In this English lesson for beginners, I will teach you the correct expressions to use to talk about your gadgets. We often use ‘turn’ phrasal verbs to talk about using gadgets or electronics. By the end of the lesson, you will know how to use the prepositions ‘ON’, ‘OFF’, ‘UP’, and ‘DOWN’ with the verb ‘TURN’. This is an easy lesson, but many students make mistakes using these words. Don’t be one of them! Watch my video, then take the quiz at: http://www.engvid.com/easy-english-lesson-turn-on-turn-off-turn-up-turn-down/
Doo-doo-doo-doo-doo-doo-doo-doo-doo-doo-doo-doo-doo-doo. Hello. Hi. James from engVid. You might have noticed that my voice changed. I went from soft to loud. Now, many students I find have a problem when it comes to electronics. They don’t know whether they should use, or if they should use “up”, “down”, “on”, or “off”. Today is a basic lesson on those things. So, let’s go to the board and take a look.
Now, when we talk about electronics, which could be something as simple as your cellphone-okay?-what happens is people want to use them, which is fine if you’re doing it for yourself, but when you’re talking to other people and you want them to do something for you. You notice that this cellphone is, would you say “down” or “off”? All right? That’s the lesson we’re going to do today. What do you say when you want to change the condition of this cellphone? We’ll start right now.
E, so are we going to turn up the volume or turn on the volume? Well, I notice “dunh-dunh-dunh-dunh-dunh-dunh-dunh-dunh-dunh” the music is already on. This is low volume and this is high volume, but how do we change them? Let’s start with some basic definitions.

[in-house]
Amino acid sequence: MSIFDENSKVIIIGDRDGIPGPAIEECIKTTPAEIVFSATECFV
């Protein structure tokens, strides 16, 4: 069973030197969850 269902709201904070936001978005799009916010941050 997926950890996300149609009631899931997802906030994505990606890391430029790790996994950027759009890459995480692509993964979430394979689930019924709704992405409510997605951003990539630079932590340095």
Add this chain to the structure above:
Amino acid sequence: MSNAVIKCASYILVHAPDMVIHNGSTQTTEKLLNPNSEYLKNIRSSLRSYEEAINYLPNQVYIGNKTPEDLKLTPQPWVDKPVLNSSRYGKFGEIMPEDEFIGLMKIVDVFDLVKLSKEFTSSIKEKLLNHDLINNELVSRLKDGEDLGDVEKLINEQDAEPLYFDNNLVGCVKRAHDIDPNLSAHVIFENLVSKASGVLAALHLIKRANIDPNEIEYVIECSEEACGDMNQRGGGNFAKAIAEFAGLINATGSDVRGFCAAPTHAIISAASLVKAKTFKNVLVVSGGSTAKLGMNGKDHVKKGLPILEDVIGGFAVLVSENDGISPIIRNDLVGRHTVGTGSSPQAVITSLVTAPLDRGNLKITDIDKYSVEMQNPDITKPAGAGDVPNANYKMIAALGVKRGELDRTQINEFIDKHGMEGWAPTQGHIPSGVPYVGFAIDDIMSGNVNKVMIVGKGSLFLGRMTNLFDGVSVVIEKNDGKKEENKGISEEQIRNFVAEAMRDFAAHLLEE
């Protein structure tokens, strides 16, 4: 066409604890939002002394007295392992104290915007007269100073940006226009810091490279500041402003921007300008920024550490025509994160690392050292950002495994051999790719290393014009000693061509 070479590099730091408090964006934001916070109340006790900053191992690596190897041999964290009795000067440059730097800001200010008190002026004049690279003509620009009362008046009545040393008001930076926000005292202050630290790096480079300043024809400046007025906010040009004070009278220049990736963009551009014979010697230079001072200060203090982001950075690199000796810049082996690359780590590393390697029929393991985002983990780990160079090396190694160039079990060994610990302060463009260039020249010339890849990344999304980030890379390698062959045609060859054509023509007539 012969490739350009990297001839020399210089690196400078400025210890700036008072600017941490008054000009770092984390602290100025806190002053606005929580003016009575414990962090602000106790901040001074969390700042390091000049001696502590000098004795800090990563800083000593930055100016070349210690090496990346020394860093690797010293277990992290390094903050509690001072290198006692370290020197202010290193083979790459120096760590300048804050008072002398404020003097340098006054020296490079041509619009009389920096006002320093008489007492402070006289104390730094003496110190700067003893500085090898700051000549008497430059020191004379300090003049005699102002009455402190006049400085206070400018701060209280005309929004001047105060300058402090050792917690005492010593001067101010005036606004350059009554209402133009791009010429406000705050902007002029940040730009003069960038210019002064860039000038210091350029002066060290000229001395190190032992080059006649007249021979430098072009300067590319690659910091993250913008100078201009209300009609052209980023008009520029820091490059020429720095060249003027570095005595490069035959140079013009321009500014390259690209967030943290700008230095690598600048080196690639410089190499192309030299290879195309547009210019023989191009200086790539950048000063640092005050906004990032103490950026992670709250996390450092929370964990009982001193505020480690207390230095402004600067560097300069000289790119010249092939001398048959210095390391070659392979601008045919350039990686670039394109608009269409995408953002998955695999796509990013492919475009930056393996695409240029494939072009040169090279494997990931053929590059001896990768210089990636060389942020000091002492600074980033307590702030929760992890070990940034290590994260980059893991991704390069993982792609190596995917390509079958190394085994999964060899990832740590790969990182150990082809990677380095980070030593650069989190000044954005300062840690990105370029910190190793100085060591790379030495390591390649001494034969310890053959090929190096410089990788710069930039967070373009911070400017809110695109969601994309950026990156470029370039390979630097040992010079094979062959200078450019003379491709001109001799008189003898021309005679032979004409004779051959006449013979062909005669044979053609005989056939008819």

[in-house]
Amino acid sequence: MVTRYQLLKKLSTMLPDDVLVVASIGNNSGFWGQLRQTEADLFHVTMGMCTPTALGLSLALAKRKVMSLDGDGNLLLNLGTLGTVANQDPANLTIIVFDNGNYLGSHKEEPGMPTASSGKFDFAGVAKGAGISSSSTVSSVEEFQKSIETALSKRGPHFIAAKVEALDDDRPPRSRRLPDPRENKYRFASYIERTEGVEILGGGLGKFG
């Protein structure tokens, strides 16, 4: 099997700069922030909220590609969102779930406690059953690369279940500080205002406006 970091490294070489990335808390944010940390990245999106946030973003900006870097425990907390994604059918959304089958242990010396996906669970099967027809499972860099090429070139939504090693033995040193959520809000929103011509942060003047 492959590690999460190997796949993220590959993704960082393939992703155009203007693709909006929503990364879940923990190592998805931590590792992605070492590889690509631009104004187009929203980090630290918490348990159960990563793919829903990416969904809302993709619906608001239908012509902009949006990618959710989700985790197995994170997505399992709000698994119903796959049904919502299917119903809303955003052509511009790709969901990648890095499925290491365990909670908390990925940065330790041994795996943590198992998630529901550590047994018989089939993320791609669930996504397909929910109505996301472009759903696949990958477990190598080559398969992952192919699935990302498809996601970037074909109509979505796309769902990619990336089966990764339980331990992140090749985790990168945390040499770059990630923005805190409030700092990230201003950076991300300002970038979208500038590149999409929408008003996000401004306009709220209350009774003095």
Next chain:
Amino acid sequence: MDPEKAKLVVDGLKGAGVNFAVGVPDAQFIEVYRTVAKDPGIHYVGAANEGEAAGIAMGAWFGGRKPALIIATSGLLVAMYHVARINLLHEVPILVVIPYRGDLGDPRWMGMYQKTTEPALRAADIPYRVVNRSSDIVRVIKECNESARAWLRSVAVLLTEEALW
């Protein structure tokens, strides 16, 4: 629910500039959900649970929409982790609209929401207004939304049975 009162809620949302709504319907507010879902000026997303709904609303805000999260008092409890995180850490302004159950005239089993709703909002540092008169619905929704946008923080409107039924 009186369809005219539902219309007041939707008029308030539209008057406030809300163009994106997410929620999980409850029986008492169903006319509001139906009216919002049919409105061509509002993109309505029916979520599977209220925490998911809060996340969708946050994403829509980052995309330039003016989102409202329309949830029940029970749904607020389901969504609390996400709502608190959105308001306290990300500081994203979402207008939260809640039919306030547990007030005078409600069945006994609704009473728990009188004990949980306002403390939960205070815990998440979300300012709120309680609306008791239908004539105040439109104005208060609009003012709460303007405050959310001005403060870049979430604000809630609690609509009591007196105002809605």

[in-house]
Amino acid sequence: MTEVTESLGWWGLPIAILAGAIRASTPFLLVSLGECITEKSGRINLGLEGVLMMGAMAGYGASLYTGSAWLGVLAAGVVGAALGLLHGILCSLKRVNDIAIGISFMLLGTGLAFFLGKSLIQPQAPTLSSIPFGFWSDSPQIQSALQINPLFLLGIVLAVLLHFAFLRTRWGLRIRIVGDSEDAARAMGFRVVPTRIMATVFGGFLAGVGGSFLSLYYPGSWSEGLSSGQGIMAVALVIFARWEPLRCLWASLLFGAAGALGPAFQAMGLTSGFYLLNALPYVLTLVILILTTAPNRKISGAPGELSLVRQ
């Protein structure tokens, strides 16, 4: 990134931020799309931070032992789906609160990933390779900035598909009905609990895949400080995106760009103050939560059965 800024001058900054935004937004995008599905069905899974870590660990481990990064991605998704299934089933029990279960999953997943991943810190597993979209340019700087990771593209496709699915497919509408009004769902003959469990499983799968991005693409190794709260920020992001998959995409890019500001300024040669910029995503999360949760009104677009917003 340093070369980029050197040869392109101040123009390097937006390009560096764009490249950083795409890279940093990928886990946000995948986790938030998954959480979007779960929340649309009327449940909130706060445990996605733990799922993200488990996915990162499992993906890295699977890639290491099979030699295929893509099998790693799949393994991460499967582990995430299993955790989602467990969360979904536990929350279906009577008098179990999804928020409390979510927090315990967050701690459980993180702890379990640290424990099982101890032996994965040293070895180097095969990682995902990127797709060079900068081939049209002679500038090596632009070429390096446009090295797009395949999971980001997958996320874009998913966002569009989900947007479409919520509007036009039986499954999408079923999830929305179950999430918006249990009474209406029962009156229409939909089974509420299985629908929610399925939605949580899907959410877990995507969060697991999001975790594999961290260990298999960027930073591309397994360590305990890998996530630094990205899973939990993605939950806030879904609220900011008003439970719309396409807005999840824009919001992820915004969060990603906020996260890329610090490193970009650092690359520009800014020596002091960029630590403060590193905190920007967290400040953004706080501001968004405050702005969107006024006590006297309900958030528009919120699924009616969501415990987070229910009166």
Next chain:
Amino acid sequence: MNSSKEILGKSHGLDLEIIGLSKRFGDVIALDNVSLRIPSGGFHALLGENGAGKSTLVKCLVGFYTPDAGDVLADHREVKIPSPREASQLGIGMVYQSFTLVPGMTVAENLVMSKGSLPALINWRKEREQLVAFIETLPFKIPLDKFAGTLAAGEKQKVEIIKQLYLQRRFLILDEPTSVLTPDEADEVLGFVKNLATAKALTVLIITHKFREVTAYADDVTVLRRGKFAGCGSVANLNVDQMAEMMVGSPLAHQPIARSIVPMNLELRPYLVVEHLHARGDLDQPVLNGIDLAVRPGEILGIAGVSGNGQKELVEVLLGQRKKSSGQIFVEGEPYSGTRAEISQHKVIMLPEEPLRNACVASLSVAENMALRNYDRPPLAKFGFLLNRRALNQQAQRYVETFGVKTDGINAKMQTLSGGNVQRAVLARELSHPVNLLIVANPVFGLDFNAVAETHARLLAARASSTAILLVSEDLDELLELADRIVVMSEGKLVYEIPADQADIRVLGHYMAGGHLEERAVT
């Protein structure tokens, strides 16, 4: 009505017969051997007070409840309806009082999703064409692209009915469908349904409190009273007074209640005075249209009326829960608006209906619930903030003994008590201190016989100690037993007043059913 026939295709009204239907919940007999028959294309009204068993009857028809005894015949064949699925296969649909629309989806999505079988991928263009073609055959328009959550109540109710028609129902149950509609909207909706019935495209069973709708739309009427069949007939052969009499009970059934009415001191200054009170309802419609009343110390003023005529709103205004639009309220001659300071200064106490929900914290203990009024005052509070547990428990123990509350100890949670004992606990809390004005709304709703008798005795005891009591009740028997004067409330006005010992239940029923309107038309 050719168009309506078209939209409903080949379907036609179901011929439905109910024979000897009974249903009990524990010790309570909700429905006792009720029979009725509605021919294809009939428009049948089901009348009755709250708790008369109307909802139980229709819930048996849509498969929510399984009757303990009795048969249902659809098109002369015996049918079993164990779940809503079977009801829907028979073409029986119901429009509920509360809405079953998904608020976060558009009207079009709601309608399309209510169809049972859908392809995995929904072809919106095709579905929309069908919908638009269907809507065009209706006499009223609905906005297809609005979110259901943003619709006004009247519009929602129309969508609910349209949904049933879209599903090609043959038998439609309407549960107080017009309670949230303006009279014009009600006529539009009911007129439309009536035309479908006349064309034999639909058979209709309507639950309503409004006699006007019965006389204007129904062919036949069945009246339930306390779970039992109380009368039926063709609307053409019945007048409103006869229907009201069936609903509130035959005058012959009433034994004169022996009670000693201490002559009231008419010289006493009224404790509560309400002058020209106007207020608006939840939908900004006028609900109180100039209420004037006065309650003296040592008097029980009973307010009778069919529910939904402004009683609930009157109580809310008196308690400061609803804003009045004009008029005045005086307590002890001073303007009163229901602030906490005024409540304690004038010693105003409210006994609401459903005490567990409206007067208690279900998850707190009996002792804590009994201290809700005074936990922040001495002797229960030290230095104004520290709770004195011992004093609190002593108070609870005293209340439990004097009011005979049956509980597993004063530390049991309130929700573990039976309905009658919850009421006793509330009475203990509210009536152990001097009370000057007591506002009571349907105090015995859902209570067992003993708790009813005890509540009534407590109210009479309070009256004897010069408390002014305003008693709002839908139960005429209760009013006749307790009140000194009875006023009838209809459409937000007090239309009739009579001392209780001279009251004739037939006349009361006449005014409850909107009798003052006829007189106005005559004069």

First, “turn”, that was a turn. It’s to move around a centre. Here’s a centre, I turn around a centre, or to reverse a position. Interesting. Both of these definitions we need to understand if we say: “turn up” or “turn on”. The first one, to turn around a centre, we have to go back in time a little bit. You’re from the Modern Age, so when you press your toys, you just press. But when I was a little boy a long time ago, when the Indians rode on the plains… I’m not that old, but I feel that way. What happened was we used to have televisions and radios, and we would turn, we would turn them if we wanted more volume.
So if you look over here, where I said turn means to reverse a position, you have 360. So, I feel like we’re doing an old science lesson. And boys and girls, we will now demonstrate the turning mechanism. Here we go. We will turn up the power, and turn down the power. Which means reverse. So we’re going to look here, and you notice I have to turn. Okay? This is a very old machine. Some of you won’t recognize this. It’s a film projector. Yeah, we don’t use these now. Anyway. But the point was: The technology, you had to actually do something with it, and that’s where we get the ideas for “up”, “down”, “on”, and “off”. We’re switching. We’re either reversing the position or moving around a centre.
Now, when you have a lot of movement or 360, which is basically a circle… All right? When you have a circle, this is why we talk about turning up and down, because as you turn it, you can increase the power or decrease the power, or make the sound higher or make the sound lower. In fact, in the old days, they used to do this for television, radios, and lights. You would turn up and you would increase it so it would get more. So here’s the 360, or you would go more, more, more, more, more. Or you would turn it down and decrease it and you would get less, less, less, less. So the room could be darker if you’re talking about light. If sounds all of a sudden the voice would get lower, lower and disappear. Okay.
So that’s why when we talk about volume on televisions or radios, we say: “Hey, could you turn up the volume?” And if you think about this machine, okay? Turn up the volume, turn down the volume.
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